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Cyrus Faryar (born February 26, 1936) is an American folk musician, songwriter, and record producer. He was active in musical, theatrical, and performance events in high school. After graduating from high school and attending college, he became involved in the entertainment industry, opening the first coffee house in Hawaii. He later moved to Southern California and became active with several groups. When Dave Guard left the Kingston Trio to pursue his interest in early folk music styles, Guard asked Faryar to join his new group, The Whiskeyhill Singers. After the Whiskeyhill Singers disbanded Faryar moved to San Diego to perform with other folk musicians. After his San Diego period Faryar returned to Hawaii, where he helped form the Modern Folk Quartet, and produced two records of his eclectic neo-folk music style. Still living in Hawaii, he continues to perform occasionally with his recognizable and distinctive deep baritone voice.
Early life, family, and educationEdit
Cyrus Faryar (Persian: سیروس فریار) was born in Tehran, Iran in 1936 to a family of Persian descent. He was a childhood friend of folk singer Dave Guard. He attended Punahou School, graduating in 1953. He attended the University of Hawaii in Manoa Valley, but left before obtaining his degree.
Professional life and accomplishmentsEdit
By 1957 Faryar's avant-garde interests led him to establish a "beat" style coffee house in Honolulu. Faryar's Greensleeves coffee house was, like those popularized first by San Francisco's beat generation in the Broadway section of the city, a gathering place for local musicians, poets, and writers.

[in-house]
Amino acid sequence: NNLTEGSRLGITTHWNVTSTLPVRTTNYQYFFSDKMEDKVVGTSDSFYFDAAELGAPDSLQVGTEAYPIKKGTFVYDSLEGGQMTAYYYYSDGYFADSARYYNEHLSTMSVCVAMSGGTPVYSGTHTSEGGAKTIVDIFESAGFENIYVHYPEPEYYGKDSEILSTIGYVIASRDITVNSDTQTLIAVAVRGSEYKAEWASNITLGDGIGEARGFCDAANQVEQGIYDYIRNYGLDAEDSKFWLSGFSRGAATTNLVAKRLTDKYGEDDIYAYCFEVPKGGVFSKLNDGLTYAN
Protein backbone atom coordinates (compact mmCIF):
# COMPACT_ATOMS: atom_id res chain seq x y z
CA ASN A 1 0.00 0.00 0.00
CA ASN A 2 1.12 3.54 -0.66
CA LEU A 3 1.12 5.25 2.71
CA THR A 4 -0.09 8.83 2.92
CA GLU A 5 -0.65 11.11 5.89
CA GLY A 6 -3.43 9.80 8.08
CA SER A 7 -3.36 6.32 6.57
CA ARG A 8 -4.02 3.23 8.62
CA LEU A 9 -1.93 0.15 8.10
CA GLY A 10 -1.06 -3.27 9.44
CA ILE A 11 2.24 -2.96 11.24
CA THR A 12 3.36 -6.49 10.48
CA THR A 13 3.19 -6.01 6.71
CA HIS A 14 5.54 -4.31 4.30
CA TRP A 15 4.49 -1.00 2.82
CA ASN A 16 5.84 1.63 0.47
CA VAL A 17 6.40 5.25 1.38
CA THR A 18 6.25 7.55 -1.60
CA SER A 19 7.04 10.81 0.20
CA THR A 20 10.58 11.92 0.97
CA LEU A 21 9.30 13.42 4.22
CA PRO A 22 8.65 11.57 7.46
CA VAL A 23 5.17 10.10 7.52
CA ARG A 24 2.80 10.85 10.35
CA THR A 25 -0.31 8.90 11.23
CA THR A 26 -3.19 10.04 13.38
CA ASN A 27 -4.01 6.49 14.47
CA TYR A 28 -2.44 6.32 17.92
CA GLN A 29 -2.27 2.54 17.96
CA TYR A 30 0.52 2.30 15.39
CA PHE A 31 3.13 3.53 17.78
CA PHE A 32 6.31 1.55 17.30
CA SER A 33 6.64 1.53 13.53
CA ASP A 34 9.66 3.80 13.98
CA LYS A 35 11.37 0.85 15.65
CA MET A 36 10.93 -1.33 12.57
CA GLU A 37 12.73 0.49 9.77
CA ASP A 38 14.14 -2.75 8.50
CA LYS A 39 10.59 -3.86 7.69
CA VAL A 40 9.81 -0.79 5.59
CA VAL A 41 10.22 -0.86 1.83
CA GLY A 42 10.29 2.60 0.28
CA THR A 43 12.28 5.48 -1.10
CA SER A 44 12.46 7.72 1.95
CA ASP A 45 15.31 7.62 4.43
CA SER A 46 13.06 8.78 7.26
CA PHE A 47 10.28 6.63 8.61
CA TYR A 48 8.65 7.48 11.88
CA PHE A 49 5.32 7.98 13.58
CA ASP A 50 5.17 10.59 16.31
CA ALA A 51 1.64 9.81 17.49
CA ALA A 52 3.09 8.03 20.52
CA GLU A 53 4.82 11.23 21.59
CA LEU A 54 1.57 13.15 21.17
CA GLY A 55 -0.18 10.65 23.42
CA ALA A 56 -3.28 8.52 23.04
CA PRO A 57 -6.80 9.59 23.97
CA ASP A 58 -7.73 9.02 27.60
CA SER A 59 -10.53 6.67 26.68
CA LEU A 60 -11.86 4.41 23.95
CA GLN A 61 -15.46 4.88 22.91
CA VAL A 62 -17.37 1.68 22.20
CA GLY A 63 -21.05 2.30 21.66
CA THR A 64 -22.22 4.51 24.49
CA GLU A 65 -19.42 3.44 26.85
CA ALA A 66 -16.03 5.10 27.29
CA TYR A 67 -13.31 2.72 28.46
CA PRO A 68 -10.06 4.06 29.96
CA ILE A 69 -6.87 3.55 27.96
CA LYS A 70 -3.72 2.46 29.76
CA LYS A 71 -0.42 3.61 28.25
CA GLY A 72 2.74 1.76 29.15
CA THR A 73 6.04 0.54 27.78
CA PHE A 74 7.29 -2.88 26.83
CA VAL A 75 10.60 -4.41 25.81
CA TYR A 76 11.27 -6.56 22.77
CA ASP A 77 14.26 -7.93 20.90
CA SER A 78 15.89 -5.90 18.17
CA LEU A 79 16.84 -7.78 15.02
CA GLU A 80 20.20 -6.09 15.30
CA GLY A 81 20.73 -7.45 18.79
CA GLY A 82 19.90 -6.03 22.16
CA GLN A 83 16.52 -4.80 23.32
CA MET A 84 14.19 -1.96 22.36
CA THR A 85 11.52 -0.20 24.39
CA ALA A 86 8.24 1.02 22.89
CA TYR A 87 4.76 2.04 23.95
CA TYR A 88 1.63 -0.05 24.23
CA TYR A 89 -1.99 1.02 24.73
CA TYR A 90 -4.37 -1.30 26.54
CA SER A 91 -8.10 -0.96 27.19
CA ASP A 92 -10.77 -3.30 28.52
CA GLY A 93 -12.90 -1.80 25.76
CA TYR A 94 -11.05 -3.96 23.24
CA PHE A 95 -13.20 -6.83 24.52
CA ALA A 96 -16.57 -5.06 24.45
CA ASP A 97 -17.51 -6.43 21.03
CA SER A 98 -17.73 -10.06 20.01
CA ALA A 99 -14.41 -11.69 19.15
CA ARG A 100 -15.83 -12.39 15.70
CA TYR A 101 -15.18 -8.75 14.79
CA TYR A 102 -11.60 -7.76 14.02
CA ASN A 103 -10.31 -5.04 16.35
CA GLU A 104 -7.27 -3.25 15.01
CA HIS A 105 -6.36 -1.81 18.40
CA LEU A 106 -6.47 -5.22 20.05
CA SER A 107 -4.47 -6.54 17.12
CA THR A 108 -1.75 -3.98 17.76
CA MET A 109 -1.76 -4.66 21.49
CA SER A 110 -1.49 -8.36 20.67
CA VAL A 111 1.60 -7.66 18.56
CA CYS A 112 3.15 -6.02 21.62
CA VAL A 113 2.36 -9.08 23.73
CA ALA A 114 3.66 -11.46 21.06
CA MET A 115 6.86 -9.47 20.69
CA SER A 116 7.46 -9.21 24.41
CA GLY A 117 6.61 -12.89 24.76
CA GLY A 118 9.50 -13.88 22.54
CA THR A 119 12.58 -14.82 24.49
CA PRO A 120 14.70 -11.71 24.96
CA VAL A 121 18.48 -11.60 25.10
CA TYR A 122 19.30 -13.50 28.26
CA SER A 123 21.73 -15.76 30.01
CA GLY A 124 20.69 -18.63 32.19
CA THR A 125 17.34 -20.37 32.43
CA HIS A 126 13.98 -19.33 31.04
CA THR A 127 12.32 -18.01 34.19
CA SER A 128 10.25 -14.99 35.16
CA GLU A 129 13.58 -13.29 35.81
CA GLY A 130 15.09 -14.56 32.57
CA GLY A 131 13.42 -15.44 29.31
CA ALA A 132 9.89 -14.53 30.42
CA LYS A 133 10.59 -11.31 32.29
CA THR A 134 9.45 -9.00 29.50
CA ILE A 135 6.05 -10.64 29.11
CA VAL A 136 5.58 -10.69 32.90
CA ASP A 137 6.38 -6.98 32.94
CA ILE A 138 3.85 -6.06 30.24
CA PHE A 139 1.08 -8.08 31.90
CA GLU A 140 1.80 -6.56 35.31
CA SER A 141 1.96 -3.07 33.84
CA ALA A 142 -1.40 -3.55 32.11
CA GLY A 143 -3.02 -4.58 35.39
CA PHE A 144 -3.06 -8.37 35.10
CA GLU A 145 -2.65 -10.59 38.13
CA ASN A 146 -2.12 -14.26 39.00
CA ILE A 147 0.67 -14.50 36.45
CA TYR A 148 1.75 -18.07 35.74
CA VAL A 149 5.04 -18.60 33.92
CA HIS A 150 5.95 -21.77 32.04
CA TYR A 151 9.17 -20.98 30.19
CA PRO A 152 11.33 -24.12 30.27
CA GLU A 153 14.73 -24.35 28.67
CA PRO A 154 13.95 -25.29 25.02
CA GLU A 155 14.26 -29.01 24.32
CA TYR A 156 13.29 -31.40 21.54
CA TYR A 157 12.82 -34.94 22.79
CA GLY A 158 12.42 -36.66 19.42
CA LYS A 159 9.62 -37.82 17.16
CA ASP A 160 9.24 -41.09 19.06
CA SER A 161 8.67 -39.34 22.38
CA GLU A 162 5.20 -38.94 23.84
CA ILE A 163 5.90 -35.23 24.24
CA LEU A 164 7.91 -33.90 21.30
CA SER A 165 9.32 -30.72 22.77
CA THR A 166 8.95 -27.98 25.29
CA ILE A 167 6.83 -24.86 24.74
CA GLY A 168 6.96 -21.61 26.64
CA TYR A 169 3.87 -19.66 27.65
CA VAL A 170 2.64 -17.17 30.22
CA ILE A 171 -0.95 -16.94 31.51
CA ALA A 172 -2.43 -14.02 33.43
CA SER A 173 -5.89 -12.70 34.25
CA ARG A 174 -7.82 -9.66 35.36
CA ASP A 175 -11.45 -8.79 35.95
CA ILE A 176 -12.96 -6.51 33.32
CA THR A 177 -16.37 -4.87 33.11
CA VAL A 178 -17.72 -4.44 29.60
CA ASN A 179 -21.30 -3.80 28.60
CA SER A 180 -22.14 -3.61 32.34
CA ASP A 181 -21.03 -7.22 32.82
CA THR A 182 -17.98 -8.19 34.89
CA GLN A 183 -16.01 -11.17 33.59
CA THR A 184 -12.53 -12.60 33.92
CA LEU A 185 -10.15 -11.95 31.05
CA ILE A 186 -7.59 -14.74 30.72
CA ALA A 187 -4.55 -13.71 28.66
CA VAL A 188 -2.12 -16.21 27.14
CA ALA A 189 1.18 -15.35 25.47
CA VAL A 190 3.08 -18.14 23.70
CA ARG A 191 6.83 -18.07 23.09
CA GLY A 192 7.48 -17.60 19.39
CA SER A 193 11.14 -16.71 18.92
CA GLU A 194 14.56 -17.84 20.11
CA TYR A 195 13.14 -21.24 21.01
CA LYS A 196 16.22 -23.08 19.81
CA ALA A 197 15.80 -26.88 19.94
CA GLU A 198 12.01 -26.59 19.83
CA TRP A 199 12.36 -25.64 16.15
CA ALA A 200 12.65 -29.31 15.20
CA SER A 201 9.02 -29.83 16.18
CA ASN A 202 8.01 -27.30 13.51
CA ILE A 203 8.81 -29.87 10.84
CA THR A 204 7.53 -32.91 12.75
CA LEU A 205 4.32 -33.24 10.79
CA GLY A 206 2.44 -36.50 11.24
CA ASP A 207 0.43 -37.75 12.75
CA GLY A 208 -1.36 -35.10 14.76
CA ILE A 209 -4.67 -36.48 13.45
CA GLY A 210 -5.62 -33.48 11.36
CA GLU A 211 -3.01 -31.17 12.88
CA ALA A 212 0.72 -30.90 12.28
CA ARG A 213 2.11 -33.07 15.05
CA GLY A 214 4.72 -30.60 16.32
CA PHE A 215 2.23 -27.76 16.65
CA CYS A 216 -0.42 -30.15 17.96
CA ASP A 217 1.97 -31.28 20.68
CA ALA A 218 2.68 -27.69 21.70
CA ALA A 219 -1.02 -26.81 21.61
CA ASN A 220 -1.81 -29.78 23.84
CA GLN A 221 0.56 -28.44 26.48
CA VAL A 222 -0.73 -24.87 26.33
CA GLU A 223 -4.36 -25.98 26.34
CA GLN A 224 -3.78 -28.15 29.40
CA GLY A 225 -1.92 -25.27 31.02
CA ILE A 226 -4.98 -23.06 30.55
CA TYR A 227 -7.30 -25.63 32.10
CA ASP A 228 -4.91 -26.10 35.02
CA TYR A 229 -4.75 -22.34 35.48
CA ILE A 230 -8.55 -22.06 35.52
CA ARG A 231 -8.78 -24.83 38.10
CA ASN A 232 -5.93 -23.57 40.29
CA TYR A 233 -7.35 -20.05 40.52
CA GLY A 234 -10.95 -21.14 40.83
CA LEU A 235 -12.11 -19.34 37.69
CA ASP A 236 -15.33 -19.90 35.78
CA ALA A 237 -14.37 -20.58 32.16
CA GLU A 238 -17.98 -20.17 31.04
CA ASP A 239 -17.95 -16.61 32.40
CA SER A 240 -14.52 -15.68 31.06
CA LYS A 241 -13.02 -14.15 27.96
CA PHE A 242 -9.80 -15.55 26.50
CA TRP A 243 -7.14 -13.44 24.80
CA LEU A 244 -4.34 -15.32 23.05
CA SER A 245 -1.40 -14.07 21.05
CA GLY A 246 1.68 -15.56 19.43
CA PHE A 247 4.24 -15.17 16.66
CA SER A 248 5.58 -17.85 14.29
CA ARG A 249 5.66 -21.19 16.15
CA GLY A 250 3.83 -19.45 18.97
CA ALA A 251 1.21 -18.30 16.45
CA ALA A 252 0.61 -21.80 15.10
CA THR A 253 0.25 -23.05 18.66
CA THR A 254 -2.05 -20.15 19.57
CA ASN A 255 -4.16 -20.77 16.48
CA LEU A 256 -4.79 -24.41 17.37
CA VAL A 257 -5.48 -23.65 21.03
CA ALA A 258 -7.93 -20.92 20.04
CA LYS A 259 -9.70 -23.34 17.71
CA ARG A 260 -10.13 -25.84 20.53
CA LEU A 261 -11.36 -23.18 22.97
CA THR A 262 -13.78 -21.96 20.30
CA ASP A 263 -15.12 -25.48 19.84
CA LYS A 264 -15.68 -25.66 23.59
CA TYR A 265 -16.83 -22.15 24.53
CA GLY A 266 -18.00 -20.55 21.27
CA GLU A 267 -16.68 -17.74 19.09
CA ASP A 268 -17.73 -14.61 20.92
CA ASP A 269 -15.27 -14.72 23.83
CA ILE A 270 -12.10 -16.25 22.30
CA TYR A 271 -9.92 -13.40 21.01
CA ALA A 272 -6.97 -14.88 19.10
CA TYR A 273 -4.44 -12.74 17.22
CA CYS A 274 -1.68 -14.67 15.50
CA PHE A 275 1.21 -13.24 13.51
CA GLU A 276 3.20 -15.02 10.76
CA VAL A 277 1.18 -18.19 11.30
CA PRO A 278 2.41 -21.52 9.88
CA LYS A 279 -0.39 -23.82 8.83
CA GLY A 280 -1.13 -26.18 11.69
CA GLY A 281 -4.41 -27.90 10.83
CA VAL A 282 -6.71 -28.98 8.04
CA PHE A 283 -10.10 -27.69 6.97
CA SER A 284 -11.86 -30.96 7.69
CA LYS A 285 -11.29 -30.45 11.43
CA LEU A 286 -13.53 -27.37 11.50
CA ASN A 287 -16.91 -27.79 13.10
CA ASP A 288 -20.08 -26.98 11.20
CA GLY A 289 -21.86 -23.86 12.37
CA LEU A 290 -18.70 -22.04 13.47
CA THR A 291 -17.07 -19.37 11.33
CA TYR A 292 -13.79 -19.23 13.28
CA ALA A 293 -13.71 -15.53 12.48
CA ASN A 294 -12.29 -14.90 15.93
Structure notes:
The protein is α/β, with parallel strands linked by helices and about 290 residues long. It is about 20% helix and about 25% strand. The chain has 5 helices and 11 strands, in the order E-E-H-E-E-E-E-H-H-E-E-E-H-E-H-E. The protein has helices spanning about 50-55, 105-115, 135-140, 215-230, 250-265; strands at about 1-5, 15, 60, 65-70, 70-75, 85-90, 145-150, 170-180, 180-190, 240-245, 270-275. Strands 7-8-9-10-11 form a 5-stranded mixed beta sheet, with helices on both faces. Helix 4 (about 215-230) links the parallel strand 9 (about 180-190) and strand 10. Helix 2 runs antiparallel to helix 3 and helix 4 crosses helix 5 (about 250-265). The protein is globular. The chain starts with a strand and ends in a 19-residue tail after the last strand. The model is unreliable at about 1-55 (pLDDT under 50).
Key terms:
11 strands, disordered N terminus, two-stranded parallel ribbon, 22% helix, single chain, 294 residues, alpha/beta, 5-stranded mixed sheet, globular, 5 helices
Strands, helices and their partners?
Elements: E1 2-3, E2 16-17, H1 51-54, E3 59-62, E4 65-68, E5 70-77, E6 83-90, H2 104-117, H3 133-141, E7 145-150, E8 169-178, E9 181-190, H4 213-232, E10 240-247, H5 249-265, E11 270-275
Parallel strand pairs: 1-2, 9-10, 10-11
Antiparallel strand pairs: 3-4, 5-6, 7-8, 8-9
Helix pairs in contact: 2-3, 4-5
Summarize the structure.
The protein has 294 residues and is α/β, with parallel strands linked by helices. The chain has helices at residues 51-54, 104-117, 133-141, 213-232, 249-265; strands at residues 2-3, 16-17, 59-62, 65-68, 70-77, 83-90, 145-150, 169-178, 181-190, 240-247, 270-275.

After the Whiskeyhill Singers broke up, Faryar returned to Hawaii, and formed a new singing group, the Modern Folk Quartet, with Chip Douglas, Henry Diltz and Jerry Yester, which lasted three years before itself disbanding in 1966.
At the Monterey Pop Festival in June 1967, Faryar led a band dubbed the "Group With No Name," which made an anonymous appearance. Later that year, he collaborated with Mort Garson and synthesizer virtuoso Paul Beaver, providing the narration for the album The Zodiac: Cosmic Sounds, a pioneering psychedelic LP on Elektra Records. In 1968, he performed on Cass Elliot's album Dream a Little Dream.
He released two solo albums as a singer/songwriter in the early 1970s, but became better known as a producer, particularly for the Firesign Theatre, and playing sessions for Linda Ronstadt and others. He has also continued to record and tour with re-formed versions of the Modern Folk Quartet (or Quintet), as well as recording Hawaiian music following his return to live there.
- 1967: The Zodiac: Cosmic Sounds
- 1971: Cyrus
- 1973: Islands